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molecules of the atmosphere.(2) Scattering by the dust and other impurities in theatmosphere. The depletion by both this and the pre- ceding cause is a t a maximum in the ultra-violet, and diminishes toward the infra-red or long-wave end of thespectrum. (3) Absorption by atmospheric gases, principally by water vapor in well-marked bands in the infra-red, and by ozone in the ultra-violet. The following -causes affect principally the intensity of solar radiation as received by the earth.(4) The distance

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J. Graham Cogley and A. Henderson-Sellers

absorbed radiation.However, since they also absorb radiation emitted fromthe surface at thermal infrared wavelengths they tendto heat the system because their tops, radiating to space,are colder than the underlying surface. The sum ofthese opposed tendencies determines, by its sign,whether changes in cloudiness heat or cool the Earthatmosphere system. It has proved rather difficult toestimate this sum, but recent attempts at estimatingit have served to concentrate attention on 1) the feedbacks that

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David W. Reynolds and Thomas H. Vonder Haar

1604 MONTHLY WEATHER REVIEW VOLUM!~10$ I am in complete agreement with the authors' statement that "... detailed in situ aircraft measurements,simultaneous with satellite measurements in both thevisible and infrared, are needed and should be relatedto particle concentration and geometric thickness."In my opinion, particle sizes and shapes are also important cloud physics parameters that should also

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experiments. The next sectionpresents radiative cooling rates in the clear tropicalatmosphere, which are computed using Sasamori's (1968)radiation model. Sasamori's model is quite suitable foruse in numerical models of the tropical cyclone because ofits relative simplicity and computational economy interms of speed and storage.Because of the small magnitude of the diabatic coolingby the divergence of infrared radiation and the uncer-tainties in the heating and mixing parameterization inthe isentropic

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Jean-Jacques Morcrette

Meteorol ogy Report No. 15, 196 pp. [Available from Max-Planck-Institut fur Meteorologie, Bundesstrasse 55, 2000 Hamburg 13, F.R.G.]Ohring, G., A. Gruber and R. G. Ellingson, 1984: Satellite deter mination of the relationship between total longwave radiation flux and infrared window radiance. J. Climate Appl. Meteor., 23, 416-425. Ramanathan, V., 1986: Atmospheric general circulation and its low frequency variance: Radiative influences. Short and Medium Range Numerical Weather

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increased with decreasing ambient temperature; (2) how output varied with angle ofincidence of collimated radiation; (3) that output decreased about 5 percent when receiver was exposed in the verticalplane, but that complete inversion from the horizontal had no significant effect; and (4) that a few water droplets onthe glass envelope did not influence output. In addition, spectral transmission data, from National Bureau of Stand-ards tests, are shown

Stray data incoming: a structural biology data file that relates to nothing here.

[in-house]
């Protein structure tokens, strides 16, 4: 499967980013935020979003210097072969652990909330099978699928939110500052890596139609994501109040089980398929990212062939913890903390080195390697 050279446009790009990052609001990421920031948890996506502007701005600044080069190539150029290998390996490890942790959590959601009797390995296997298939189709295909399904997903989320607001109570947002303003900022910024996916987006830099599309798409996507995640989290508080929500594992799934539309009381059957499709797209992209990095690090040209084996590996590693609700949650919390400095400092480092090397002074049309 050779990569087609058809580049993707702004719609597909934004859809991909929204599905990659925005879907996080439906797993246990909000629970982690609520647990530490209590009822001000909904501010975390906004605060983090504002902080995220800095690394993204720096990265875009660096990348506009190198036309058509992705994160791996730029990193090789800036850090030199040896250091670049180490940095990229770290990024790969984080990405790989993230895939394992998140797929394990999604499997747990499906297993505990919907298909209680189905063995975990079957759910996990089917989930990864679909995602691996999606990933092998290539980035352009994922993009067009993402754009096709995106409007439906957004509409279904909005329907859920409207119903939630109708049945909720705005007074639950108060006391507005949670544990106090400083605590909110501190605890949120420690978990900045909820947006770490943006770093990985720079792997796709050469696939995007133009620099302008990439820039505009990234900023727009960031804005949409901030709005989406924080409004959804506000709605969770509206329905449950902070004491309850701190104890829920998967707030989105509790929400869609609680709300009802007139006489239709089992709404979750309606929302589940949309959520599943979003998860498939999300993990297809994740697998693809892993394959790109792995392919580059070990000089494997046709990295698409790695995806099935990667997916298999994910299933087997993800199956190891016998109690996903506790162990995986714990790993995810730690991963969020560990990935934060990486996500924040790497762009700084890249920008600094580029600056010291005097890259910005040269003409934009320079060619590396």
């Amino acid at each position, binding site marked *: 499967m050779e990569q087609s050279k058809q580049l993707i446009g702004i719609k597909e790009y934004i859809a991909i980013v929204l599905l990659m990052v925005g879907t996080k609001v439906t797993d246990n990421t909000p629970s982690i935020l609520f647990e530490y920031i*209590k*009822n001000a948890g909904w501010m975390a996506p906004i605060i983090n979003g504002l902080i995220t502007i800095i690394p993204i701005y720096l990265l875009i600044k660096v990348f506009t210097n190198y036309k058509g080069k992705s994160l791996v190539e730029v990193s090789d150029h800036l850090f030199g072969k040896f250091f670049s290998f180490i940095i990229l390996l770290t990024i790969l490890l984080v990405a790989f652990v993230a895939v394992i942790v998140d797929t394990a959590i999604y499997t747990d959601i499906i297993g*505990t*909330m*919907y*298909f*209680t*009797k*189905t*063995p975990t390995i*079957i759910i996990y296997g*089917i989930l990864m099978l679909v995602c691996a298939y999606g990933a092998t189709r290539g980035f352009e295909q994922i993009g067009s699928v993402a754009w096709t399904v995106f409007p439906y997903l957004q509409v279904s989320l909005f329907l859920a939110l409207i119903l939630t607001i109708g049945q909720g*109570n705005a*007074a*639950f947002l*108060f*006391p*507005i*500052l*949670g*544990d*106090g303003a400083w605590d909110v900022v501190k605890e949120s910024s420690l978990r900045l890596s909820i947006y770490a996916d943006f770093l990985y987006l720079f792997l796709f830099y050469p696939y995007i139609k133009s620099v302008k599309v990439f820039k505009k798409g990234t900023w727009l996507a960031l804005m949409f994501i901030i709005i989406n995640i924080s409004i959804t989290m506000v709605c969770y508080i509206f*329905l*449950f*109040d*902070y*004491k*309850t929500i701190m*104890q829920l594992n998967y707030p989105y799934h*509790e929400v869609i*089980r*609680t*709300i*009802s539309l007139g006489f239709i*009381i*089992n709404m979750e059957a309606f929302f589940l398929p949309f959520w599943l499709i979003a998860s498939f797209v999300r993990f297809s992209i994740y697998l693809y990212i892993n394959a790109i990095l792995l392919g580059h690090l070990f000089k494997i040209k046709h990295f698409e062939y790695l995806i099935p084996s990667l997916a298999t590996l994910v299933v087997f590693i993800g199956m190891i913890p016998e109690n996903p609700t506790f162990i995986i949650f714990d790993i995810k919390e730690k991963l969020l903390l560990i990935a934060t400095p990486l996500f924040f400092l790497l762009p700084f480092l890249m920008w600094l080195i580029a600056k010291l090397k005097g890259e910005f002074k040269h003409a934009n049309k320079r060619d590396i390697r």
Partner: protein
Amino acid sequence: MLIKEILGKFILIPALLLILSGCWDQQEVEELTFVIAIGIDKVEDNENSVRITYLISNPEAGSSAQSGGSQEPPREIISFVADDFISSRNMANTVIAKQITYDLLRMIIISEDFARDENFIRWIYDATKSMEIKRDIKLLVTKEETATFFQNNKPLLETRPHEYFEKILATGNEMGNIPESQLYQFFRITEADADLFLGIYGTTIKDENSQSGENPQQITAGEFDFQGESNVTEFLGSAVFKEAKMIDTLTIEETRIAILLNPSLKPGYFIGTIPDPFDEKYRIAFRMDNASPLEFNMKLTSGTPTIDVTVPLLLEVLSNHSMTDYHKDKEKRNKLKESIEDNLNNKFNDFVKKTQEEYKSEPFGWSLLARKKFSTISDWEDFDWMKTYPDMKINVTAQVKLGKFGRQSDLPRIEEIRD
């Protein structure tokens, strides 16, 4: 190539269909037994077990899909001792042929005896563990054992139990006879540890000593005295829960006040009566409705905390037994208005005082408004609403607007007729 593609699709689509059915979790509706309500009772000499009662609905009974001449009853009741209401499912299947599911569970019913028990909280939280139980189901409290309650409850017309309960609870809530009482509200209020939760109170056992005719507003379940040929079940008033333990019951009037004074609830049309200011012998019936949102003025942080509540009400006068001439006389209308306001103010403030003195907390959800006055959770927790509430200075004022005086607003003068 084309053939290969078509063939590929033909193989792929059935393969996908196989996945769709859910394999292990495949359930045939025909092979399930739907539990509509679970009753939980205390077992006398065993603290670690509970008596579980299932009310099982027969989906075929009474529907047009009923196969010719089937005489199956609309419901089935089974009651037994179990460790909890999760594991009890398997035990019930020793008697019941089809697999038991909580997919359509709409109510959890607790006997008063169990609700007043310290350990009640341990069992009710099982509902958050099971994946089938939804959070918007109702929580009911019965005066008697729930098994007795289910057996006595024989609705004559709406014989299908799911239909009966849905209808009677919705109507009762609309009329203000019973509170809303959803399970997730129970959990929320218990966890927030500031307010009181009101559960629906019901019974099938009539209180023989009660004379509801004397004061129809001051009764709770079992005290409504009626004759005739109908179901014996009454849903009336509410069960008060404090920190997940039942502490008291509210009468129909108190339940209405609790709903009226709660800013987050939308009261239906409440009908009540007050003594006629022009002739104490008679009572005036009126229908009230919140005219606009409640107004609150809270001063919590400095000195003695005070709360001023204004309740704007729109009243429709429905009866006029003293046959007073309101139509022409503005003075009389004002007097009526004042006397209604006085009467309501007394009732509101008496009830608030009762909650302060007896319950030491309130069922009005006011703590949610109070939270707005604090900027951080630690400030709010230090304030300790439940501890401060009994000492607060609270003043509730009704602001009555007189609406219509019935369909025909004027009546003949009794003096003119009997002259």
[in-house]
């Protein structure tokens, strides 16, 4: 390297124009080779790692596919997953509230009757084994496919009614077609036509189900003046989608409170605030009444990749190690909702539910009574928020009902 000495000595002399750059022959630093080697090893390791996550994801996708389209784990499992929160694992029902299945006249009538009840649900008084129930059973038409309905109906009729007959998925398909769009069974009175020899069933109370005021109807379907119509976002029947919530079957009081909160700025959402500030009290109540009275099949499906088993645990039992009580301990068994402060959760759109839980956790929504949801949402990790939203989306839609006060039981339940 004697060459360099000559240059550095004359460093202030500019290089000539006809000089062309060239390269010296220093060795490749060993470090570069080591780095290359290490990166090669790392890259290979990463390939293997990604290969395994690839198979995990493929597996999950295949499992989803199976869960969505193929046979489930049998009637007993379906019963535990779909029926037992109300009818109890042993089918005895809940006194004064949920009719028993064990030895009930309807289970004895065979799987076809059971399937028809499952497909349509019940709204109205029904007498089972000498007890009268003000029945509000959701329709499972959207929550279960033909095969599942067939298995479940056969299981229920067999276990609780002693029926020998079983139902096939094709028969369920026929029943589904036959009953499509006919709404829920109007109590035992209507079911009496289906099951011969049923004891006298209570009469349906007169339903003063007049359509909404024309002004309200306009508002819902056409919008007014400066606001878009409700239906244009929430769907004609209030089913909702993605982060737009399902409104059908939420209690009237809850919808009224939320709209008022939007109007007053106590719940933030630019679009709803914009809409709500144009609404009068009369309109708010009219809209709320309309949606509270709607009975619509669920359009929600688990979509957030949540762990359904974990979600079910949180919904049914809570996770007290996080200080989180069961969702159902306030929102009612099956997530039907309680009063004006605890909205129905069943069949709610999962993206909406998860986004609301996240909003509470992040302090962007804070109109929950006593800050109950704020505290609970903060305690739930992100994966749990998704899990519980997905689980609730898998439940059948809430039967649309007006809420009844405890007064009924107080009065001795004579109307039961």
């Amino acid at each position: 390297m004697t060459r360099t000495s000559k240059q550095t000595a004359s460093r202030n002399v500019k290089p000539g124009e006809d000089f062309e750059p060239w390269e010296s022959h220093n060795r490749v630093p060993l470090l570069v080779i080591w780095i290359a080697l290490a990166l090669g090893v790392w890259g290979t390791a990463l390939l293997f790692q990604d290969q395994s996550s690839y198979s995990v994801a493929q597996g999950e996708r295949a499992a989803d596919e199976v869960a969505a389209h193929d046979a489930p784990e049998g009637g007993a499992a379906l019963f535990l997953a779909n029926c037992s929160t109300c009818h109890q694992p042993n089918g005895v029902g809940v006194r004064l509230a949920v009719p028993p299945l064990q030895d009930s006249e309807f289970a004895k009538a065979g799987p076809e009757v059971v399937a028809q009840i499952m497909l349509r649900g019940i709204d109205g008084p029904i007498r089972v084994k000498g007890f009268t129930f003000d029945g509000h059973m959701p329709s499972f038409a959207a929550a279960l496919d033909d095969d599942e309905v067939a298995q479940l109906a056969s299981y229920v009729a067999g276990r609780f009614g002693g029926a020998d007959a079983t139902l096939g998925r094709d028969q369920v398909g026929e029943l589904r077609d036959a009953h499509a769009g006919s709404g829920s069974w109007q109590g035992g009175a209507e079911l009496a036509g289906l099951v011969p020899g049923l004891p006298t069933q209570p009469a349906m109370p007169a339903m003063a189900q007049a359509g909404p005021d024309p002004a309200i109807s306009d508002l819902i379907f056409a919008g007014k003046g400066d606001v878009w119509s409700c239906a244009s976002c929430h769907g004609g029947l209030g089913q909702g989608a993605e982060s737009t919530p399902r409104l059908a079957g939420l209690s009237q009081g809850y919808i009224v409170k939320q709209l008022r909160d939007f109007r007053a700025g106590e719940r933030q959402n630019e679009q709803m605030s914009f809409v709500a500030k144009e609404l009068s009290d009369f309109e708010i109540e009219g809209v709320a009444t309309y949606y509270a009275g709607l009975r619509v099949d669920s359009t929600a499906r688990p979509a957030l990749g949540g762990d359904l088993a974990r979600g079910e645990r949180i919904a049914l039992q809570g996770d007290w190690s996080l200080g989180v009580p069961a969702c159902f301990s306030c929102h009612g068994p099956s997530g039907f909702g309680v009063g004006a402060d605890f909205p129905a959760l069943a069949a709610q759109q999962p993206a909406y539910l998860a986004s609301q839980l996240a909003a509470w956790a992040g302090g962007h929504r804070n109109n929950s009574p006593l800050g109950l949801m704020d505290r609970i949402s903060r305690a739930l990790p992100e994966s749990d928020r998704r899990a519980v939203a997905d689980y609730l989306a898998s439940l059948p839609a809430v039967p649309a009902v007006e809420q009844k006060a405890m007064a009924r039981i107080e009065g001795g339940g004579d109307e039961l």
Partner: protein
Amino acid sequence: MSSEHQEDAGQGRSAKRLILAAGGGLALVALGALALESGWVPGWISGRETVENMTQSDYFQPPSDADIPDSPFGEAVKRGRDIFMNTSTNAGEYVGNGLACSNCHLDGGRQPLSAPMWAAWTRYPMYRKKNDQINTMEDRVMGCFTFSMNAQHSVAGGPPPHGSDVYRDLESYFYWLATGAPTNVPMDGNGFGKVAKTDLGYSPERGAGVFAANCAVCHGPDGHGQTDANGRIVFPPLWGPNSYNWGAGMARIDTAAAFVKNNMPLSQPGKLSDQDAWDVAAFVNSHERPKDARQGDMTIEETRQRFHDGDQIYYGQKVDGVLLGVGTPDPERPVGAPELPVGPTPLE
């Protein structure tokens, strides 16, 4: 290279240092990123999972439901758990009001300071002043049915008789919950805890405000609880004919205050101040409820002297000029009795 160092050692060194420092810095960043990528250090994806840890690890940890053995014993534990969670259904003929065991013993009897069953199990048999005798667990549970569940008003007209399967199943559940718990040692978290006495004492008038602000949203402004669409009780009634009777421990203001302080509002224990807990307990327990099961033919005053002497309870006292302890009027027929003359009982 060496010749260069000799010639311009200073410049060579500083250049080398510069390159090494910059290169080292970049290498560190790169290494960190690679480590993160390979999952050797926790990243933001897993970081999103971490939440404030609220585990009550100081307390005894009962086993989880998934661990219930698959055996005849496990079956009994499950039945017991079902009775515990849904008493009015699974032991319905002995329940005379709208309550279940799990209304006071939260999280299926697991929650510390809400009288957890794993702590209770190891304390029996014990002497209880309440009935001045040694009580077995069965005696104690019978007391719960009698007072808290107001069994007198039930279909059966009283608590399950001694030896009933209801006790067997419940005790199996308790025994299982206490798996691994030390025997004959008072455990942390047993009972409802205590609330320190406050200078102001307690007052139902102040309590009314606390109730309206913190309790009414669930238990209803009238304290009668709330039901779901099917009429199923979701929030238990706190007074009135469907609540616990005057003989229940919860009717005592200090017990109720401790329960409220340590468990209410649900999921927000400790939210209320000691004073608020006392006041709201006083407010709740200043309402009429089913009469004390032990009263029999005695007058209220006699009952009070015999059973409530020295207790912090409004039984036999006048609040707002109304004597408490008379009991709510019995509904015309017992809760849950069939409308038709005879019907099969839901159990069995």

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I ''r...-October I968 Hugh M. Stone and Syukuro Manabe735COMPARISON AMONG VARIOUS NUMERICAL MODELS DESIGNED FOR COMPUTING INFRARED COOLING HUGH M. STONE and SYUKURO MANABEGeophysical Fluid Dynamics Laboratory, ESSA, Princeton, N.J.ABSTRACT The scheme of computing the temperature change due to long wave radiation, developed by Manabe andStrickler and incorporated into the general circulation models developed at the Geophysical Fluid DynamicsLaboratory of ESSA, is compared

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JUNE 1938 MONTHLY WIZATHER REVIEW 175 NEW VALUES FOR THE INFRARED ABSORPTION COEFFICIENT OF ATMOSPHERIC WATER VAPOR By WALTER M. ELSASSER \[California Institute of Technology, April l93SI Some t,ime ago the wriber examined those features of atmospheric radiation whic,li ensue from the fact, that the water va,por spectrum is a line spectrum a.nd not a con-tinuous spectrum (1). At, that time i t was not possible to give a qumtitative redetermination of the absprphion, since our spectrosaopic

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temperatures, to verticalmotion. This paper extends Shenk's work to the simul-taneous application of Tadiation in several wavelengthchannels to the estimation of a number of synoptic vari-ables.9. SATELLITE RADIATION AND VERTICAL MOTIONAlmost all recent synoptic work with infrared TIROSradiation has concentrated on the analysis of channel-2radiation intensities, which essentially give the energy inthe 8-12-p window. It has been frequently demonstratedthat these energies are related to the temperature of

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circular at 790 ami. (1463 Inn) andnear-polar in inclination. The scanning radiometer has twochannels, one of which measures the radiation emitted10 / VOf. 100, NO. 1 / Monthly Weather Reviewfrom the earth and its atmosphere in the 10.5-12.5 pmregion. When the radiometer is looking straight down atthe earth's surface, the area instantly viewed is about 4n.mi. (7.4 km) in diameter. The global infrared (IR) meas-urements are stored temporarily on tape onboard thesatellite for later transmission to the

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